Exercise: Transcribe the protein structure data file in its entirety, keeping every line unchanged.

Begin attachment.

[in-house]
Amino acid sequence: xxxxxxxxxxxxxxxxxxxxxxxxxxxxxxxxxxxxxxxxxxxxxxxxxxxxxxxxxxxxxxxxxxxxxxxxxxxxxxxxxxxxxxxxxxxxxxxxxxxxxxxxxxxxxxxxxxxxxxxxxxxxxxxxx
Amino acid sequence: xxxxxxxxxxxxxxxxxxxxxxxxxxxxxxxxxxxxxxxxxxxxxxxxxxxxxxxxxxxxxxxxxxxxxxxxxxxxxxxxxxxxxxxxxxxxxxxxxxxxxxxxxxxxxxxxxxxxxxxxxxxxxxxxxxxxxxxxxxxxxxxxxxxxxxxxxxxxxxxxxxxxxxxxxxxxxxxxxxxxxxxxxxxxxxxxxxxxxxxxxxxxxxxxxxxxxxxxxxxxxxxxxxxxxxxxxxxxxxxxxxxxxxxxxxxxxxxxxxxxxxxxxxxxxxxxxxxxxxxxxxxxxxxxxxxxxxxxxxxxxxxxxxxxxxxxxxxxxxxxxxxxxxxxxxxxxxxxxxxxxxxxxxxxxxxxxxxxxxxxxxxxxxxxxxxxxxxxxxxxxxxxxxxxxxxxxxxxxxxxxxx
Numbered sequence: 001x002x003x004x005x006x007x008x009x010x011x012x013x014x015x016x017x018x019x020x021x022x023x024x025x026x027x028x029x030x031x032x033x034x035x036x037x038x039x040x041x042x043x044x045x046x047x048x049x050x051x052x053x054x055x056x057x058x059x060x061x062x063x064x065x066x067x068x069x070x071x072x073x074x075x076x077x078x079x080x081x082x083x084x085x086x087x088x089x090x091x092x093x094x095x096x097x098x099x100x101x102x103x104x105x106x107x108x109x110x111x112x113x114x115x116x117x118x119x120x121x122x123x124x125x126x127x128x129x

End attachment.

[in-house]
Amino acid sequence: xxxxxxxxxxxxxxxxxxxxxxxxxxxxxxxxxxxxxxxxxxxxxxxxxxxxxxxxxxxxxxxxxxxxxxxxxxxxxxxxxxxxxxxxxxxxxxxxxxxxxxxxxxxxxxxxxxxxxxxxxxxxxxxxx
Amino acid sequence: xxxxxxxxxxxxxxxxxxxxxxxxxxxxxxxxxxxxxxxxxxxxxxxxxxxxxxxxxxxxxxxxxxxxxxxxxxxxxxxxxxxxxxxxxxxxxxxxxxxxxxxxxxxxxxxxxxxxxxxxxxxxxxxxxxxxxxxxxxxxxxxxxxxxxxxxxxxxxxxxxxxxxxxxxxxxxxxxxxxxxxxxxxxxxxxxxxxxxxxxxxxxxxxxxxxxxxxxxxxxxxxxxxxxxxxxxxxxxxxxxxxxxxxxxxxxxxxxxxxxxxxxxxxxxxxxxxxxxxxxxxxxxxxxxxxxxxxxxxxxxxxxxxxxxxxxxxxxxxxxxxxxxxxxxxxxxxxxxxxxxxxxxxxxxxxxxxxxxxxxxxxxxxxxxxxxxxxxxxxxxxxxxxxxxxxxxxxxxxxxxxx
Numbered sequence: 001x002x003x004x005x006x007x008x009x010x011x012x013x014x015x016x017x018x019x020x021x022x023x024x025x026x027x028x029x030x031x032x033x034x035x036x037x038x039x040x041x042x043x044x045x046x047x048x049x050x051x052x053x054x055x056x057x058x059x060x061x062x063x064x065x066x067x068x069x070x071x072x073x074x075x076x077x078x079x080x081x082x083x084x085x086x087x088x089x090x091x092x093x094x095x096x097x098x099x100x101x102x103x104x105x106x107x108x109x110x111x112x113x114x115x116x117x118x119x120x121x122x123x124x125x126x127x128x129x